This paper explores the gains from trade in differentiated products
from three channels: decreases in price, improvements in quality,
and increases in variety. Using data on Indian imports of computer
printers from 1996 to 2005, a period of trade liberalization, I find
that quality was the leading source of welfare gains. Consumers
would require a 65 percent decrease in all 1996 prices to be as well
off as they were with the quality available in 2005. The contribution
of price was slightly smaller, while variety lagged farther behind.
These effects varied across buyers, as gains were largest for small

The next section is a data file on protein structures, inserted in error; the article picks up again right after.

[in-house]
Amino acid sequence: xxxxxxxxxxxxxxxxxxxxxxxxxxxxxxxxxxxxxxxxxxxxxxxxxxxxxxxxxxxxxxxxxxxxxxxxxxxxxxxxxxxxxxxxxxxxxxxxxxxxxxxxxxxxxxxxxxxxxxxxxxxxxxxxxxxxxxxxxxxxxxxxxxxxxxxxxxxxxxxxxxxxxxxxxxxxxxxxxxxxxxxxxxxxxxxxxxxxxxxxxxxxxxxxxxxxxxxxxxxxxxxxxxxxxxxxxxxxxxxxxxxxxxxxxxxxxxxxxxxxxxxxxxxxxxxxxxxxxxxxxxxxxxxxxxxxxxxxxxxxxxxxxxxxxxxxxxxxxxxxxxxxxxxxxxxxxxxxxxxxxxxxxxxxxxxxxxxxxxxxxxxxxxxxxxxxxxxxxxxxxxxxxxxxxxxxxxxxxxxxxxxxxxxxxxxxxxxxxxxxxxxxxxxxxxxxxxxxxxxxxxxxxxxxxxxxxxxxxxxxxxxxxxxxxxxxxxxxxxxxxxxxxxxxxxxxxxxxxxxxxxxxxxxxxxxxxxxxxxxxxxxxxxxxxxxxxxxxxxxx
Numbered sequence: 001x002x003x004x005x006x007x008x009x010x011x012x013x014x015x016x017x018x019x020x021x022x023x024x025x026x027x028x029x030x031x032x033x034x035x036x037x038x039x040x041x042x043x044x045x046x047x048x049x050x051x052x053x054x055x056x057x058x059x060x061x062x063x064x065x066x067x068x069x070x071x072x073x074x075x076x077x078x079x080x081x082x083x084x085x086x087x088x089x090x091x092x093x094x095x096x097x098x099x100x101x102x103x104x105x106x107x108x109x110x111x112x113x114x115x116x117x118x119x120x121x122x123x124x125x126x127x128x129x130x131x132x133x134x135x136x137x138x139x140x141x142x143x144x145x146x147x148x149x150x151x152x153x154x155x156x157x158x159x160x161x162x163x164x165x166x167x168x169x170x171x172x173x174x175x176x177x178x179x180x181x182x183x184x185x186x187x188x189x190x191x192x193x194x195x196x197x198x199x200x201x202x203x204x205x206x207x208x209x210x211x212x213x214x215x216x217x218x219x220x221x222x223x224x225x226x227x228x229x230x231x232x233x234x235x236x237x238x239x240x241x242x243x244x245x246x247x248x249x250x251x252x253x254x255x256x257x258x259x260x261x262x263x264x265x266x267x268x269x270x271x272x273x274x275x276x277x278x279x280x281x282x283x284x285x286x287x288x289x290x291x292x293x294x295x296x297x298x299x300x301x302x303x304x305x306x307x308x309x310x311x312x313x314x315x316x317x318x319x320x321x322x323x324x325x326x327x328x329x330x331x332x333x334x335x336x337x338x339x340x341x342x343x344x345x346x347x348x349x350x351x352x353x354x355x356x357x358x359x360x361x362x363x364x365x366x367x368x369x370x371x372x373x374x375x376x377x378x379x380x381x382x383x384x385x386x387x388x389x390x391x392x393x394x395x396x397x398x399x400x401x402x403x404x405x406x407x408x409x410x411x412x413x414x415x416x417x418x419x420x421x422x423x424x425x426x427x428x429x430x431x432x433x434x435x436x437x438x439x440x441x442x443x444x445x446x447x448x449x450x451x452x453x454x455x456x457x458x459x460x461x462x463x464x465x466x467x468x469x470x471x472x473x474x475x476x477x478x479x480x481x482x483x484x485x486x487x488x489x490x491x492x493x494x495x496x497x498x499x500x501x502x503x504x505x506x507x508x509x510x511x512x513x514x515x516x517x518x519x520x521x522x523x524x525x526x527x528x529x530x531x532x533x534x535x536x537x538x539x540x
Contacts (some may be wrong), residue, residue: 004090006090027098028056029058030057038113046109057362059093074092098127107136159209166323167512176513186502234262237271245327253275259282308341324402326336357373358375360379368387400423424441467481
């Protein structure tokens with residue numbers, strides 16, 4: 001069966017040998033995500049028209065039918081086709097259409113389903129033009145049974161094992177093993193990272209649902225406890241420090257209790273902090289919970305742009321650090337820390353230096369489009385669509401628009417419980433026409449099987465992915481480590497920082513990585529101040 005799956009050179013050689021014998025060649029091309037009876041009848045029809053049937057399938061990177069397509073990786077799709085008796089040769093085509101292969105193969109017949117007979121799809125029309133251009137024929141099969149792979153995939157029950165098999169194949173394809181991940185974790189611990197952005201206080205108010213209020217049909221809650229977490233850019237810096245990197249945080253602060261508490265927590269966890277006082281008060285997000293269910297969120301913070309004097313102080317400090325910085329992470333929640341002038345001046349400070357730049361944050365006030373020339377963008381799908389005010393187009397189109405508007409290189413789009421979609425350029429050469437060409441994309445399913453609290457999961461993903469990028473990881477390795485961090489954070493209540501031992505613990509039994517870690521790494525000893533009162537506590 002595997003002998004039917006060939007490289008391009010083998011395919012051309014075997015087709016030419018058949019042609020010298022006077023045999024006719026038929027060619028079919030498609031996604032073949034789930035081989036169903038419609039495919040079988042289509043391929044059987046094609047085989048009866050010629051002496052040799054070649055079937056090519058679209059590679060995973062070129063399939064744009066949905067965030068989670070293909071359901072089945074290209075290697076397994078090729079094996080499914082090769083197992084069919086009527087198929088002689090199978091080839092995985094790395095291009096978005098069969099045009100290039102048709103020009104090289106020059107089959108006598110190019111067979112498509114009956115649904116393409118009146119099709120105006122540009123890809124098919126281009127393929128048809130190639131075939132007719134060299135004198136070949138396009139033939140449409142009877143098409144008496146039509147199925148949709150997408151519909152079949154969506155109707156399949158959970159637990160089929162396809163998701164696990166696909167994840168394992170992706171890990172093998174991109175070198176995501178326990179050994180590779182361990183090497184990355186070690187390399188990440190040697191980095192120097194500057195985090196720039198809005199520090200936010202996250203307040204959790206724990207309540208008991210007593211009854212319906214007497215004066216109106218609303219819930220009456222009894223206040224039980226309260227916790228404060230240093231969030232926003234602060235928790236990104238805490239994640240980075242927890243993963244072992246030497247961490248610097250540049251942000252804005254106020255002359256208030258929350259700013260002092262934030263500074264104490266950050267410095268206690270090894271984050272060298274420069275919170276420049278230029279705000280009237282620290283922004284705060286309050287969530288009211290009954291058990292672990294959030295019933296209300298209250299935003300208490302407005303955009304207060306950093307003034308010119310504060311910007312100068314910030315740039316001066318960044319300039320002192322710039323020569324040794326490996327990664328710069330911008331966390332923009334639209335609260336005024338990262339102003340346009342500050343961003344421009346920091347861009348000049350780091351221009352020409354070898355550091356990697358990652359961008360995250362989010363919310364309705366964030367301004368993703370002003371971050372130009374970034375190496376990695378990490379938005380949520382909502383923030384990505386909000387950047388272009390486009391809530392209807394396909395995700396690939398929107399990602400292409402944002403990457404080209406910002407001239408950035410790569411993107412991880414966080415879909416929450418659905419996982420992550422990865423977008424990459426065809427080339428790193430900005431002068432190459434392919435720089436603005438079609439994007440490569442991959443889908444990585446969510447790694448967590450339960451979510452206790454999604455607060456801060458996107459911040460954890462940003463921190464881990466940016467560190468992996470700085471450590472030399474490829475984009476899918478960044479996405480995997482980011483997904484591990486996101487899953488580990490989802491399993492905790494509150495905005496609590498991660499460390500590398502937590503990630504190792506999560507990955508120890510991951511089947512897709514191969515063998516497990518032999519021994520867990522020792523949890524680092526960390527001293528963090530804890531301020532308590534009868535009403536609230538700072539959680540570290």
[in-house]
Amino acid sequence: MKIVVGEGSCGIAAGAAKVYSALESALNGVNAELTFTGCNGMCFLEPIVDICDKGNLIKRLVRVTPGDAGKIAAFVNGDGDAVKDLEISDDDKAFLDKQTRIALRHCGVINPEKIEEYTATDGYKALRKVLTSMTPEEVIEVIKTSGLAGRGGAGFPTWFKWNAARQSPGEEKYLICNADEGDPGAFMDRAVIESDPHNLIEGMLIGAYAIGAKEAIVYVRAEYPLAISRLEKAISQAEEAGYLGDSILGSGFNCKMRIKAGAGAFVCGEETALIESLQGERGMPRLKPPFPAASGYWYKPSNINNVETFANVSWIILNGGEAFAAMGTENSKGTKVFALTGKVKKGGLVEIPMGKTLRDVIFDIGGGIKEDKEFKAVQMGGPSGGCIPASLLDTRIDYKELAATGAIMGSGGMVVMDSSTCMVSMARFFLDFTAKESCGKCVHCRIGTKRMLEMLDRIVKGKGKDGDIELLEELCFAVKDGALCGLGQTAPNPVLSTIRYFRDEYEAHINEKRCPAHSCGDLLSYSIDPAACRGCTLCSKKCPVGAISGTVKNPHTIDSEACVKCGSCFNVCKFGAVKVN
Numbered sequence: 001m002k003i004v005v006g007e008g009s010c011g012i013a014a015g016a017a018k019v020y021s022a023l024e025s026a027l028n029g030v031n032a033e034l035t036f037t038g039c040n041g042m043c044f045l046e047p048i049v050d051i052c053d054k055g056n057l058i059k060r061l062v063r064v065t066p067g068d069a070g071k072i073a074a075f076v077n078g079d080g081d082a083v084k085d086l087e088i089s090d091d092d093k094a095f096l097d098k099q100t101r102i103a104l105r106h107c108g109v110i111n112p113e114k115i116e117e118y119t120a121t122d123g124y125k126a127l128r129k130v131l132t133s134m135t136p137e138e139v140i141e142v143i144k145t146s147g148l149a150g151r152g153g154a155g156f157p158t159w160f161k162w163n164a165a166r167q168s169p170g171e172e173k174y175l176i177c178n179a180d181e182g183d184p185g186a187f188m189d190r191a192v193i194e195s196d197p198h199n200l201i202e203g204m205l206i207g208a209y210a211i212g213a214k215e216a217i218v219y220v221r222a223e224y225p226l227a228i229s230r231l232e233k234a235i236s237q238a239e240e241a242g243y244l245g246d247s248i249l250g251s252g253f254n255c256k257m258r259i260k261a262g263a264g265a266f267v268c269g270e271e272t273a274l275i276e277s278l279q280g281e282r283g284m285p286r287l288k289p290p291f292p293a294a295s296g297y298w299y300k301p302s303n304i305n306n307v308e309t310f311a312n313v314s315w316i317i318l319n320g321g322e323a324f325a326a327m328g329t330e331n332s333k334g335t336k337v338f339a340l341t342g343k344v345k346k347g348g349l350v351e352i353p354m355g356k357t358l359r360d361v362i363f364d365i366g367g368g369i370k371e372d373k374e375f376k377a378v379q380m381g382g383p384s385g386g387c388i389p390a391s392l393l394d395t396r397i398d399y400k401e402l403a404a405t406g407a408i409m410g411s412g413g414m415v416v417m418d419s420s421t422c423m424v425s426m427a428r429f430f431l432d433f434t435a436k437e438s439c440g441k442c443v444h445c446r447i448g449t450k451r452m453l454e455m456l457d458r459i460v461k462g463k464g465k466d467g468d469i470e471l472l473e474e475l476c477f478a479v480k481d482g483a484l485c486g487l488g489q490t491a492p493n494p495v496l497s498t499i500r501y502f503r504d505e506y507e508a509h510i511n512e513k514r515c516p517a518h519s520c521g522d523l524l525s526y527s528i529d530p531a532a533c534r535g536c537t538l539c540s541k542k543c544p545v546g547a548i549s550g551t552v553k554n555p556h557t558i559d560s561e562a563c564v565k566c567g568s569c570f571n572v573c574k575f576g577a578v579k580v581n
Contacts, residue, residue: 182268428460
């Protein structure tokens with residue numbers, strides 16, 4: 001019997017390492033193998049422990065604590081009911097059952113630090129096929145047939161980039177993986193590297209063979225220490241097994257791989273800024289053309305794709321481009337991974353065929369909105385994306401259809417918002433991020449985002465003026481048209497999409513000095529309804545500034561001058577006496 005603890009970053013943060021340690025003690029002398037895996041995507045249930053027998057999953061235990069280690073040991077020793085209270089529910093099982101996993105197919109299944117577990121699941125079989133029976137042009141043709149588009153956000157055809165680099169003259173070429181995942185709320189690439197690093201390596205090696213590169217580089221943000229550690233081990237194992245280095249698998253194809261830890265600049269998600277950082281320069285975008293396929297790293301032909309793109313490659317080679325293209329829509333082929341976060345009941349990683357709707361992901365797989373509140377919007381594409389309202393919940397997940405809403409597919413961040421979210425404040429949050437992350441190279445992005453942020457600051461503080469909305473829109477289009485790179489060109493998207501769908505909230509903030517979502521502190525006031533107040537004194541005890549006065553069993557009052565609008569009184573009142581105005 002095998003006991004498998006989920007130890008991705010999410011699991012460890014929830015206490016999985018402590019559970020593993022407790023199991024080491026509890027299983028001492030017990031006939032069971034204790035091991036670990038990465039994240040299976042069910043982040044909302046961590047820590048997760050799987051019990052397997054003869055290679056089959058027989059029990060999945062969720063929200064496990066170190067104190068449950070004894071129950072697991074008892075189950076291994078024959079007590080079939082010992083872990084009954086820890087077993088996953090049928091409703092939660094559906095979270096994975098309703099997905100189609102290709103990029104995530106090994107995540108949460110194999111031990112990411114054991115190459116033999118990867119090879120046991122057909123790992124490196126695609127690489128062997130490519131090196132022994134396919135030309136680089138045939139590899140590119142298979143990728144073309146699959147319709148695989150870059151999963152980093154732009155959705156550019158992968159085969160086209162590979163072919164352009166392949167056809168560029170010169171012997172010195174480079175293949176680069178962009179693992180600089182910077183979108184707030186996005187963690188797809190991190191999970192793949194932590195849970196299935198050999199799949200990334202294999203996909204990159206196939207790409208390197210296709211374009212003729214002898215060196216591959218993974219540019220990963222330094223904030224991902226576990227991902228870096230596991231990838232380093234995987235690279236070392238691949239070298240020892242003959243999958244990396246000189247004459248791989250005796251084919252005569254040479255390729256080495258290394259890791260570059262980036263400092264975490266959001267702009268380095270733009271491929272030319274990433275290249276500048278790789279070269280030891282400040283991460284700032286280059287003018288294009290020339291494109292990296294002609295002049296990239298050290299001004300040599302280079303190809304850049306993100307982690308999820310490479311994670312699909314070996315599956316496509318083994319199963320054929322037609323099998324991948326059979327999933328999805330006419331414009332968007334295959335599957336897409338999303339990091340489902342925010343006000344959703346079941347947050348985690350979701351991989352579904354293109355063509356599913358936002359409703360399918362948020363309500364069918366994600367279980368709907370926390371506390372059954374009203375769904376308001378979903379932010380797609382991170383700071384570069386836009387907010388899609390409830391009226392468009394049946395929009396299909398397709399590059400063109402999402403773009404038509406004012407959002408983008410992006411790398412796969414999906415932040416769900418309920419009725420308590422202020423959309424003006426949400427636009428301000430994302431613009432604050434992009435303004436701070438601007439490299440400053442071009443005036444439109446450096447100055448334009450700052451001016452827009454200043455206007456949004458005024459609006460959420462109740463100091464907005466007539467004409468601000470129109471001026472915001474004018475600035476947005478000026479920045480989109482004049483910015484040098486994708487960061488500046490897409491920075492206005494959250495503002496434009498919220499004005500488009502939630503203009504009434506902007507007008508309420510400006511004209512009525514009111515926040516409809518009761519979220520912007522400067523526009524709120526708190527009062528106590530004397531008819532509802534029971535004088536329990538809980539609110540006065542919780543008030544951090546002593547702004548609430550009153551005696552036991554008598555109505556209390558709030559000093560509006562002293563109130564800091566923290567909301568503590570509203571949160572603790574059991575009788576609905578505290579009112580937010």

"Price, Quality, and Variety: Measuring the Gains from Trade in Differentiated Products."
American Economic Journal: Applied Economics,
Trade Policy; International Trade Organizations
Empirical Studies of Trade
Production, Pricing, and Market Structure; Size Distribution of Firms
Microelectronics; Computers; Communications Equipment
International Linkages to Development; Role of International Organizations